In so doing a wall is built up against our ability to find an antagonist. This evokes further restlessness and captivation as we are at war with ourselves for over 2/3 of the exertion. Even when the question is resolved we admire how well the truth was concealed.
Many will be off put by the gradual pace. Admittedly, I left the piece feeling that I appreciated how terrifically well-made it all was as opposed to being instantly captivated or enthralled. It was only when I found myself mulling it over that I realized the effectiveness at hand.
Those of us willing to tap into its distinct rhythm will be largely fascinated. But, immediate amusement is not the focus here.
Goodnight Mommy is a terror production, made all the more cinematic from being shot on 35 millimeter film, from the old-school. It wants to turn your blood to ice by making us wonder.
The intention here is to haunt us, not by excessive gore or endless violence (though this work does have its moments), but by forcing us to turn its chain of events over repeatedly in our head long after it has finished.
It accomplishes this spectacularly. This is true even if it has a sadly predictable, after a certain late third act plot-point comes into play, conclusion.
Besides perfectly honed performances by its convincingly painted leads the composition benefits from gloriously bleak cinematography by Martin Gschlacht. An early scene with Lukas and Elias in a cornfield showcases this, as well as the earthy realism the picture constantly elicits, beautifully.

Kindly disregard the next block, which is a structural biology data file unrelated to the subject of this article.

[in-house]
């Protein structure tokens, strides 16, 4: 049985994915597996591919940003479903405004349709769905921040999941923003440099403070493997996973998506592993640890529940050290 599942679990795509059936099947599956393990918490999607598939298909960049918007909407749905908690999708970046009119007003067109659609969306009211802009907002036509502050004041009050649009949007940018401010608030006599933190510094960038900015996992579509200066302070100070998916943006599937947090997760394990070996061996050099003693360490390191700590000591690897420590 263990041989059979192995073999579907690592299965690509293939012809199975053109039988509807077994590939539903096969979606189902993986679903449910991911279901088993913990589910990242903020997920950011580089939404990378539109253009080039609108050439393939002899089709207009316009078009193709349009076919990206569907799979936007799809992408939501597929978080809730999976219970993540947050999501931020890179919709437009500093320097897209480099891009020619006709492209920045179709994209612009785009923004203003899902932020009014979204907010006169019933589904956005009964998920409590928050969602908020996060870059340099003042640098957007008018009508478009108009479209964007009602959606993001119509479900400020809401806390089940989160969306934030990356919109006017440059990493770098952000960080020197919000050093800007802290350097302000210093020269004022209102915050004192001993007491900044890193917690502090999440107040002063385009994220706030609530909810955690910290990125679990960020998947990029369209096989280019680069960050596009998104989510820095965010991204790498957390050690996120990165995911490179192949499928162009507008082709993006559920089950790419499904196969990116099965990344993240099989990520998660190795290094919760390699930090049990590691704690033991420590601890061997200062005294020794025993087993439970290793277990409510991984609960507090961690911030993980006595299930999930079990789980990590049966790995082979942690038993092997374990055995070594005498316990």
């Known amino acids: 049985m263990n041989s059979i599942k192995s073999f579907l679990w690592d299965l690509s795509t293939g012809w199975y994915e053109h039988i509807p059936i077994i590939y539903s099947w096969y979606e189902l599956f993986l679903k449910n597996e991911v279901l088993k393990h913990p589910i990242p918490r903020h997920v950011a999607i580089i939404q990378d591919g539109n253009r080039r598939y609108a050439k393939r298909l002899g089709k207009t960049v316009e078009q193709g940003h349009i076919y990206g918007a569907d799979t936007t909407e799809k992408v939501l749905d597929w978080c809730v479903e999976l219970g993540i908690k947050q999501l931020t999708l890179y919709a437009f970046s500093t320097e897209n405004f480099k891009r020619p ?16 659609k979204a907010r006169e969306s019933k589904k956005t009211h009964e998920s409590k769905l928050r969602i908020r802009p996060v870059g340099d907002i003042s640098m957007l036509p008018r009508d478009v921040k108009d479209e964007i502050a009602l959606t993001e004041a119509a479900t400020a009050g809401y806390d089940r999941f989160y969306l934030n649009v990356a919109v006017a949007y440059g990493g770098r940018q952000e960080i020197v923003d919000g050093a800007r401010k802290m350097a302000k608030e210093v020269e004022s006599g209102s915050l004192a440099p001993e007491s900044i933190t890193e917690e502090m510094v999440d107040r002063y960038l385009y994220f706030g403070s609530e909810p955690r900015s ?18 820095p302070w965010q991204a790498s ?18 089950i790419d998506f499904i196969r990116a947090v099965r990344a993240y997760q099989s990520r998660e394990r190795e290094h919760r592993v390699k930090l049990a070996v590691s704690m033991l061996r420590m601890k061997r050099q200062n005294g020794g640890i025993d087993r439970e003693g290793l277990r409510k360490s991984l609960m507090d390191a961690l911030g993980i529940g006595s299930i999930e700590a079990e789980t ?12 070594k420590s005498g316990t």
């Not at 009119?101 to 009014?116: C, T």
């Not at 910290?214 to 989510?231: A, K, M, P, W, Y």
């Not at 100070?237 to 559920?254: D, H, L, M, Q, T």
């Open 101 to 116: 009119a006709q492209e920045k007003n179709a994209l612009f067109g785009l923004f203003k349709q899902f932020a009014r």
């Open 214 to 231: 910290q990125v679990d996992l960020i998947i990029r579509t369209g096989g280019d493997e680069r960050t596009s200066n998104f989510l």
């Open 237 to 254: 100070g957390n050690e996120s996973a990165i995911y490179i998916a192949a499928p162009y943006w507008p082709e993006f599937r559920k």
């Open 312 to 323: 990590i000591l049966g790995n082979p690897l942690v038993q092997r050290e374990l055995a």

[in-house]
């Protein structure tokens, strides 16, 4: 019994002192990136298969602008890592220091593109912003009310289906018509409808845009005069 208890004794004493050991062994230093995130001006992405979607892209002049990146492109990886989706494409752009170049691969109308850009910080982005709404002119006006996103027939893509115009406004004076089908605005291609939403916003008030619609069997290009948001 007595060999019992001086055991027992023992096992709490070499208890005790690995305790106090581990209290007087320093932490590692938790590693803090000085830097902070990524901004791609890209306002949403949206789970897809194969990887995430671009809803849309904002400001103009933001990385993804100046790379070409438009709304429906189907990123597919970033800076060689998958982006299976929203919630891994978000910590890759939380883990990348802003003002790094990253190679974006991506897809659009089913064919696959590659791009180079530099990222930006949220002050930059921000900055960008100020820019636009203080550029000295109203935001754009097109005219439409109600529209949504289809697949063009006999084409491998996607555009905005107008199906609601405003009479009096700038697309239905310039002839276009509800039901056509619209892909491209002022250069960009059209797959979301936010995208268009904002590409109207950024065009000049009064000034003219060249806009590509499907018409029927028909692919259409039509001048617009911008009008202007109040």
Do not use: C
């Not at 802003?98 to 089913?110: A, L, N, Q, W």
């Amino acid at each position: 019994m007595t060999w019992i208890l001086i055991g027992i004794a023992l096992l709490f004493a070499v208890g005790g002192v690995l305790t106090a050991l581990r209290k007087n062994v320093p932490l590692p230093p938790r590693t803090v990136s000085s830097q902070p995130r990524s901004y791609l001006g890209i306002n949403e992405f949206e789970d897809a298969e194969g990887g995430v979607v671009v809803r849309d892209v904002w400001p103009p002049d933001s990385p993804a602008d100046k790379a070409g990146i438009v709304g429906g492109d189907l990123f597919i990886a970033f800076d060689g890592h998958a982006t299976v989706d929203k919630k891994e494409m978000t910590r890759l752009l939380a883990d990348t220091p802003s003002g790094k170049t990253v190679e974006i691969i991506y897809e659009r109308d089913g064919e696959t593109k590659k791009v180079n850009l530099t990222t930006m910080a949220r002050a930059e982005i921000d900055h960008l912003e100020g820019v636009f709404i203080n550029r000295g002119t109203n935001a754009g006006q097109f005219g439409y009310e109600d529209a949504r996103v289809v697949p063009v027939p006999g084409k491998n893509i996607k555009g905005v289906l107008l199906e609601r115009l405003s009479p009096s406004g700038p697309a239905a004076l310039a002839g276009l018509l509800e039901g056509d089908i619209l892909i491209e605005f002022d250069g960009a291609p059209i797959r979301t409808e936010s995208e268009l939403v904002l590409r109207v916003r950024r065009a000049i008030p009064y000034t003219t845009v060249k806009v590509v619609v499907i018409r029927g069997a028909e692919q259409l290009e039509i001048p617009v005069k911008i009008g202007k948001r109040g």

Furthermore, Michael Palm’s editing is proficient and wonderfully done. The costume design by Tanja Hausner helps give our leads an everyday air.
Such contributing details makes what we are seeing all the more believable and realistic. Given that this is an attribute Fiala and Franz are obviously striving for these technical triumphs are all the more vital.
This is most evident in the plain-spoken dialogue. It doesn’t feel the need to force feed its audience answers through exposition as many modern offerings are apt to do. Because of this the effort strikes a continuously heightened sense of unease and credibility.
Goodnight Mommy is being heralded as one of the best features of its kind for the year. Though it doesn’t have the invention of David Robert Mictchell’s 80’s style take on the genre and only visible competition, It Follows, this claim is certainly valid.
It has various similarities to Jennifer Kent’s 2014’s masterpiece The Babadook. This is especially apparent in style, theme and general story arc. Still, this affair isn’t quite as remarkable overall.
Moreover, the presentation has a theme of spontaneously having a loved one replaced that is highly reminiscent of Invasion of the Body Snatchers.
Yet, what makes it work so well is that it stays true to the tradition of the most accomplished horror films. It does this by being a drama, a character study at heart.
These all assist in the quality of this endeavor. Still, it leaves a lingering impression after all the pieces fall into place that we have seen it all assembled far more successfully beforehand. Alfred Hitchcock’s controversial 1960 ground-breaker, Psycho, comes immediately to mind.
If you are a member of the group who likes rugged fright, the type that makes you feel as if you are a helpless witness to the proceedings, you will love this exertion. If you like motion pictures where everything is explained at every turn you may want to look elsewhere.
Fiala and Franz’s feature is harrowing but certainly not for everyone.